Regular Televised Political Debates Might Keep Our Leaders “Honest”

The main winner of the debate last night was us, the people. It gave me a glimmer of hope and if, once elected, political maneuverings do not get in the way of actually doing some good for the nation, we might even have a chance at four good years ahead of us. Was this televised debate a start at giving regular citizens credit for being able to distinguish the wheat from the chaff? This was an intelligent television “reality show” that did not speak to the lowest common denominator, did not try to sensationalize or to provide light entertainment, and did not let participants descend into mutually accusatory shouting matches, as happens too often in politically oriented programmes.

Our ability to separate wheat from chaff begins with where we choose to focus our attention regarding all that was said last night. We decry Liberman’s blatant racism and horrid disrespect for Ayman Odeh; we can give a pass to Deri’s emotional outbursts while trying unsuccessfully to call out Bennett and Lapid for discriminating against Sephardim; we can make an effort to overlook Kahlon’s egocentric call for votes in order to make him Finance Minister. The main point to take away from the debate was that everyone (except Liberman) agreed that the main issue of concern for now is how Israelis, how ALL of us, religious and secular, Jewish and Arab, rightist and leftist, need help achieving financial security to get through the day and raise our families with dignity (I know nobody used that word, but I am applying poetic license here).

Only Galon and Kahlon tied personal financial security to ending the conflict between Israel and the Palestinian Arabs. We heard Deri talk about overcoming political differences and setting aside, for now, the issue of a peace settlement with the Palestinian Arabs in order to work together on resolving the cost-of-living and housing problems faced by all Israelis. We heard Odeh ask Deri if they could work together on combatting Jewish and Arab poverty. Even though these voices did not receive a resounding hear! hear! from the leaders of the other parties, it is a request that registered over the sound waves. This is what gave me some hope – the speaking aloud of the possibility that if issues common to all sectors of our society, and that are in fact in the consciousness of all political parties, can receive the attention they deserve, it may be possible to tackle them with an expectation of success.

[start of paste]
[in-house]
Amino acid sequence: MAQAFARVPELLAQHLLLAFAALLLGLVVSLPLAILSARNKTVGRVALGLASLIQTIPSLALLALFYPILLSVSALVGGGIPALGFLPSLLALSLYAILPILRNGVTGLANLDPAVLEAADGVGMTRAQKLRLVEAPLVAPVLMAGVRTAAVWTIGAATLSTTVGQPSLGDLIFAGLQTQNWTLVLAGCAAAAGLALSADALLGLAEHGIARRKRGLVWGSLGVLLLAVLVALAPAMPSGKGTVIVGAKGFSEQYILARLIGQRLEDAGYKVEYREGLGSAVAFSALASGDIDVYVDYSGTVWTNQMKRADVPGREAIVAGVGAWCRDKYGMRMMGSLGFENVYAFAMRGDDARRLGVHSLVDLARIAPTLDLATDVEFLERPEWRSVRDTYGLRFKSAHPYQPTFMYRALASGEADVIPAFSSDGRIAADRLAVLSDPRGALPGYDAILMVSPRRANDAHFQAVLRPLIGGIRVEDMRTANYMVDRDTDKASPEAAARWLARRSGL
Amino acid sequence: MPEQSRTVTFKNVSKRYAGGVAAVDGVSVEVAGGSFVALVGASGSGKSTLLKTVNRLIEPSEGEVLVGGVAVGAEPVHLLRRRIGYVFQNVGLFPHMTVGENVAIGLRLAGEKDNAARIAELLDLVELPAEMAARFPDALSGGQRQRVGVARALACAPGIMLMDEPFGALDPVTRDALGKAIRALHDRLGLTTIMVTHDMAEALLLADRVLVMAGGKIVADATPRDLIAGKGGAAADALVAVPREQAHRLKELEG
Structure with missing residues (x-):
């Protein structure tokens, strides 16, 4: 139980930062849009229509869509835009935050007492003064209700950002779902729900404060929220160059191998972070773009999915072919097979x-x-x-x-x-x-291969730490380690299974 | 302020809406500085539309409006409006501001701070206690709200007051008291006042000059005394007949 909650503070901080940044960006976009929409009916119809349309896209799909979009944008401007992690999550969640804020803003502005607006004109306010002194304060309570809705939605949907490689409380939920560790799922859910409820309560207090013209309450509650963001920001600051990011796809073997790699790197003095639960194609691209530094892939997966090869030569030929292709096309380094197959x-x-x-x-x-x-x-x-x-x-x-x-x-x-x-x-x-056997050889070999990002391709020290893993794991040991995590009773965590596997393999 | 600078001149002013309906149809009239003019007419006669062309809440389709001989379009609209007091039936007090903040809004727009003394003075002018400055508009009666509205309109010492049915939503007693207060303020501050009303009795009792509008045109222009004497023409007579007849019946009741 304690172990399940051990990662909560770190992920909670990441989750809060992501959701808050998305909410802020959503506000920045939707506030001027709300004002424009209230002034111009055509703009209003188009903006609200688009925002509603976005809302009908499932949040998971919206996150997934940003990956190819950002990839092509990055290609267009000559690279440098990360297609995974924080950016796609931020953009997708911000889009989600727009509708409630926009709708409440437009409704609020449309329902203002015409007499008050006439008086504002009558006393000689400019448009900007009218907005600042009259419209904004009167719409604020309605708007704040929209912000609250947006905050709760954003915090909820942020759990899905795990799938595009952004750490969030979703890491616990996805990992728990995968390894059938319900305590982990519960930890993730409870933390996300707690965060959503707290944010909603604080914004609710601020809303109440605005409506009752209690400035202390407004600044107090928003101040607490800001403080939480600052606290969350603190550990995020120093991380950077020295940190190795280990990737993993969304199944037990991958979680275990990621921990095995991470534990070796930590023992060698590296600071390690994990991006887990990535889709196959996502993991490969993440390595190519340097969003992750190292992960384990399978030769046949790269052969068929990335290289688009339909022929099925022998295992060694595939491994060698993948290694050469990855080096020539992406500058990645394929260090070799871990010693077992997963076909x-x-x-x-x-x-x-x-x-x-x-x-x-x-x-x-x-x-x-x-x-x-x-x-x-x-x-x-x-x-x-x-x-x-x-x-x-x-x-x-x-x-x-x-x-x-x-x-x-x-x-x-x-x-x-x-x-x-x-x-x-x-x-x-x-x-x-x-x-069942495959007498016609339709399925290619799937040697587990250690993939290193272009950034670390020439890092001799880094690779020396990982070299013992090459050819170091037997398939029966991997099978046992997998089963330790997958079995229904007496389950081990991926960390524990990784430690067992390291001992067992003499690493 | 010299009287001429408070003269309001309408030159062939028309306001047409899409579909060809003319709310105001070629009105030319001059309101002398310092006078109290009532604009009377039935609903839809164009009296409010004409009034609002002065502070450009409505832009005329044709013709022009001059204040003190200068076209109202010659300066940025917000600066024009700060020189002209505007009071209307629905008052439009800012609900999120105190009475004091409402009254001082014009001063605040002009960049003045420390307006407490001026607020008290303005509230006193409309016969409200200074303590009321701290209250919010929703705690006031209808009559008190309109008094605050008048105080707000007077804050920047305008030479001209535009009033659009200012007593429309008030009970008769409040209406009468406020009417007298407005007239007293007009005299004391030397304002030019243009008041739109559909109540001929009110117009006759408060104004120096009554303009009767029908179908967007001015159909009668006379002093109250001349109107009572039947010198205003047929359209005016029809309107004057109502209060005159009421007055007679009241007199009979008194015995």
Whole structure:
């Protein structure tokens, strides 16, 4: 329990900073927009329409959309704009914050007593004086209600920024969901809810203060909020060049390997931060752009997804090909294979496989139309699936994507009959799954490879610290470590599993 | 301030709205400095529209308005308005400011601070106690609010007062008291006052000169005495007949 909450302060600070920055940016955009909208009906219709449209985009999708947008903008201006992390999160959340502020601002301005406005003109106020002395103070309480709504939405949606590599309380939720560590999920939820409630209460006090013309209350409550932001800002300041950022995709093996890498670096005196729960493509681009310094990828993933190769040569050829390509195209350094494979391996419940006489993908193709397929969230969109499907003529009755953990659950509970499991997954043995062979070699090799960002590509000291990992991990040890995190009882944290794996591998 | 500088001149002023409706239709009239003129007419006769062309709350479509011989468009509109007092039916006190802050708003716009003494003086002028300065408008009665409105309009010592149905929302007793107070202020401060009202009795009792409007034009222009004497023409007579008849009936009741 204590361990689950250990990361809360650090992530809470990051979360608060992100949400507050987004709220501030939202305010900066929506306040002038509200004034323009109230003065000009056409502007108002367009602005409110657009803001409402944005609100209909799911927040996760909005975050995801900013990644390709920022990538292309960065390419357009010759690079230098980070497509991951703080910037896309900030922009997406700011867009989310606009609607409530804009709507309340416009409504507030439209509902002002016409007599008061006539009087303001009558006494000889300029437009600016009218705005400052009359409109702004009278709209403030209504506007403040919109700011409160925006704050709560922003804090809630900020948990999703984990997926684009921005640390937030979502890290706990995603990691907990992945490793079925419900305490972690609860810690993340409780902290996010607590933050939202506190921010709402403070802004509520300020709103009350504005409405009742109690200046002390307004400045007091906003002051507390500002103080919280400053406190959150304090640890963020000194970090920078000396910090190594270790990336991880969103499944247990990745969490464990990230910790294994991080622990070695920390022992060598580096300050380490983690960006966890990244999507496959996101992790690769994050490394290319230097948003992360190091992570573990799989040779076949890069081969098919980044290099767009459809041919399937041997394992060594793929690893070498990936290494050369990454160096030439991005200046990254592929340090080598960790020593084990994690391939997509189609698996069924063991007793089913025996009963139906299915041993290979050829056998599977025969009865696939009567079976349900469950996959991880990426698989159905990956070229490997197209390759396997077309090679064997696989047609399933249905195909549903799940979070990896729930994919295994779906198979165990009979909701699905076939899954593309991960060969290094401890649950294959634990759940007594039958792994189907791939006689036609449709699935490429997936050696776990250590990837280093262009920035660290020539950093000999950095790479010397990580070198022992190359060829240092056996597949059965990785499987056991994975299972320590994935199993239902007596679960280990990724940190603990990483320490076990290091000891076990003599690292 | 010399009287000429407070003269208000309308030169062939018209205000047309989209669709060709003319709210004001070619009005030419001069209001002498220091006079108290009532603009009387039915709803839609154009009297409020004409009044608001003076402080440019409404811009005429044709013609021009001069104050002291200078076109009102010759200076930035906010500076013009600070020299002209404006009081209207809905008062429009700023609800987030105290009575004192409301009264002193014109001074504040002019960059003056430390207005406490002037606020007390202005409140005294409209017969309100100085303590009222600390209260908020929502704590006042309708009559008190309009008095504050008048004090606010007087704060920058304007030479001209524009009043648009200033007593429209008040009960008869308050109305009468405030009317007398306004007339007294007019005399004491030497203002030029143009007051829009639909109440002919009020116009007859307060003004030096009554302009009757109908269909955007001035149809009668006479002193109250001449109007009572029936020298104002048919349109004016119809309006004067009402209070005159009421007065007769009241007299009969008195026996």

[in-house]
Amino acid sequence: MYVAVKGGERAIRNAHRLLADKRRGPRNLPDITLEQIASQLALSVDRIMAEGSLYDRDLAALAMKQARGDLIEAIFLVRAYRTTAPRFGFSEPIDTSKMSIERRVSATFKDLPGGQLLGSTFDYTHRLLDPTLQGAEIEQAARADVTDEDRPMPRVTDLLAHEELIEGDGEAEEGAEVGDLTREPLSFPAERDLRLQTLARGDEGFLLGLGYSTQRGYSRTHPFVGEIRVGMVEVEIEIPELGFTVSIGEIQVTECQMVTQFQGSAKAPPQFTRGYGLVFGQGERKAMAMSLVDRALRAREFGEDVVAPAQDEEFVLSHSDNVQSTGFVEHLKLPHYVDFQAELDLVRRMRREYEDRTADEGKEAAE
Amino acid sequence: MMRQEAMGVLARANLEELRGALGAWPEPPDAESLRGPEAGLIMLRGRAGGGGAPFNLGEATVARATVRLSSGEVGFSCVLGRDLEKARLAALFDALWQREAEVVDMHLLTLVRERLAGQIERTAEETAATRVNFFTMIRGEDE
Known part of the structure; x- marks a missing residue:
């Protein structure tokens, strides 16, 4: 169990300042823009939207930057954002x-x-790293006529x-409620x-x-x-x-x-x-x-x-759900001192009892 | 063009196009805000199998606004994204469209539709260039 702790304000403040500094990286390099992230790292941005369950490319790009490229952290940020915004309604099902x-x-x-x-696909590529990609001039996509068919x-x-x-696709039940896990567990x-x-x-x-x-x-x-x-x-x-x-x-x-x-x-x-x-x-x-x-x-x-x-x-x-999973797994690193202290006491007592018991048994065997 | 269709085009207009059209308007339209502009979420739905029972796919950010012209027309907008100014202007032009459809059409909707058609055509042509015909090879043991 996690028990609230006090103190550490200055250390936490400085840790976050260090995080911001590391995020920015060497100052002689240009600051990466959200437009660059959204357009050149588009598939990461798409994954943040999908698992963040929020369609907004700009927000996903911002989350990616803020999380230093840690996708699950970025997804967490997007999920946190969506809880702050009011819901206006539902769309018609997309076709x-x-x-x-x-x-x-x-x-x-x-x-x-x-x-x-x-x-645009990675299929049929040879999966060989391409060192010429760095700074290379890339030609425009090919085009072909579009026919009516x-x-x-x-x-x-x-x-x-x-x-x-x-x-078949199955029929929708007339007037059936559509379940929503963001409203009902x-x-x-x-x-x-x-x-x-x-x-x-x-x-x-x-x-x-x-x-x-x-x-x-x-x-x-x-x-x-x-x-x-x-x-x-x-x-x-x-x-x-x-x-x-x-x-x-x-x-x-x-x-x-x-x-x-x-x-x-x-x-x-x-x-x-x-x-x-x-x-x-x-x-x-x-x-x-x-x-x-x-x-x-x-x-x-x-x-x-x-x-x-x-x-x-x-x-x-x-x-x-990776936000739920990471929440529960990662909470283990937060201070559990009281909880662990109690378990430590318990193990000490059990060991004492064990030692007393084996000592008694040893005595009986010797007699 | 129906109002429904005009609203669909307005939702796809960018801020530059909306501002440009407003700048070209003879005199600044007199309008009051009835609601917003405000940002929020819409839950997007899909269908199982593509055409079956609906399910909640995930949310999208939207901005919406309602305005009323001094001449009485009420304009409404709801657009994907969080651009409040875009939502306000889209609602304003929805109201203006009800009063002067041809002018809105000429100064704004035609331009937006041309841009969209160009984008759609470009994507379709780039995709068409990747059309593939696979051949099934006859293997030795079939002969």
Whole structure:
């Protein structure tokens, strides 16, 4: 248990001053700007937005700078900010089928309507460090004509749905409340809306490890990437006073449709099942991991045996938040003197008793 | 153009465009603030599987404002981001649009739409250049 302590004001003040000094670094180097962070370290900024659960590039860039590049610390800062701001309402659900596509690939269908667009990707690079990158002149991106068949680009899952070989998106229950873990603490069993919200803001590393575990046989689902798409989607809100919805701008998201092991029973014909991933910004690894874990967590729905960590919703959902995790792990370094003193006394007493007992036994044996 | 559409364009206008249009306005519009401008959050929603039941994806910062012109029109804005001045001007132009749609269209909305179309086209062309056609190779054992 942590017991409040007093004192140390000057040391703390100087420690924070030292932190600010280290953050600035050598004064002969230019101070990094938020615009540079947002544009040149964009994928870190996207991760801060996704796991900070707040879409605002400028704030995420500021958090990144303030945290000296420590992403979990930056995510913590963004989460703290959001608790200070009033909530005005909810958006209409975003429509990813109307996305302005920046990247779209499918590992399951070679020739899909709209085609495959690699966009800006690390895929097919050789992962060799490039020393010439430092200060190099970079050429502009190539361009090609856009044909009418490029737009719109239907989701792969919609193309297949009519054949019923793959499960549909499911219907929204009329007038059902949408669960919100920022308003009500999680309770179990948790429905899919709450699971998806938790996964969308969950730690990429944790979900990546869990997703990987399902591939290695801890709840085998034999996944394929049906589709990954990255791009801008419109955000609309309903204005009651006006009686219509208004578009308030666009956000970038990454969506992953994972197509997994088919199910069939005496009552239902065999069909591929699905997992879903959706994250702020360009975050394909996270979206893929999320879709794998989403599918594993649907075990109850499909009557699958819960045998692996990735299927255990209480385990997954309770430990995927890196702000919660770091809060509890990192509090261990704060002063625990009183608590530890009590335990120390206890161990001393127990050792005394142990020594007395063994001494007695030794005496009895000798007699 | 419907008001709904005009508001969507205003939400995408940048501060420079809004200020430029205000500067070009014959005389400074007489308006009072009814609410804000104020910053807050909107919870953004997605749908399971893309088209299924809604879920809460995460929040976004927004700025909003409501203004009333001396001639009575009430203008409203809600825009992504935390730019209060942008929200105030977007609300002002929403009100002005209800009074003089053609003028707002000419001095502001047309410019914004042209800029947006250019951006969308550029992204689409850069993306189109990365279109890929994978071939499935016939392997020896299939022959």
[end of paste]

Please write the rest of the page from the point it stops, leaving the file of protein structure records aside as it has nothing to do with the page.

Even if their intentions were more lily-livered than altruistic, Bibi and Herzog-Livni should be praised for stepping aside and not stealing center stage last night. They let the nation hear the beginnings of serious talk from across the entire political spectrum. I suspect that if they had participated in the debate it would not have reached the level of candor we saw, nor would it have comprised the first step toward achieving a level of serious discussion we watched open up before us on the screen last night. That doesn’t say much for the level of leadership offered up by those who are contending for the spot of Prime Minister, and I can only hope that the kind of discussion we saw last night will increase the public’s expectations from them.

Our elected officials are not held accountable to voters in the way they would have been had our electoral system been based on regional representation rather than party lists. It is possible, therefore, that televised discussions with formats such as this one may be a good way to keep our politicians on track during the term and not just allow them a speaking platform before elections. If they know that they will periodically appear before us to discuss how their activities compare with their promises, we may see a change in how this country is run. (I know that is a bombastically naïve suggestion, but I can dream, can’t I?)

About the Author
Sheri Oz, owner of, is a retired family therapist exploring mutual interactions between politics and Israeli society.
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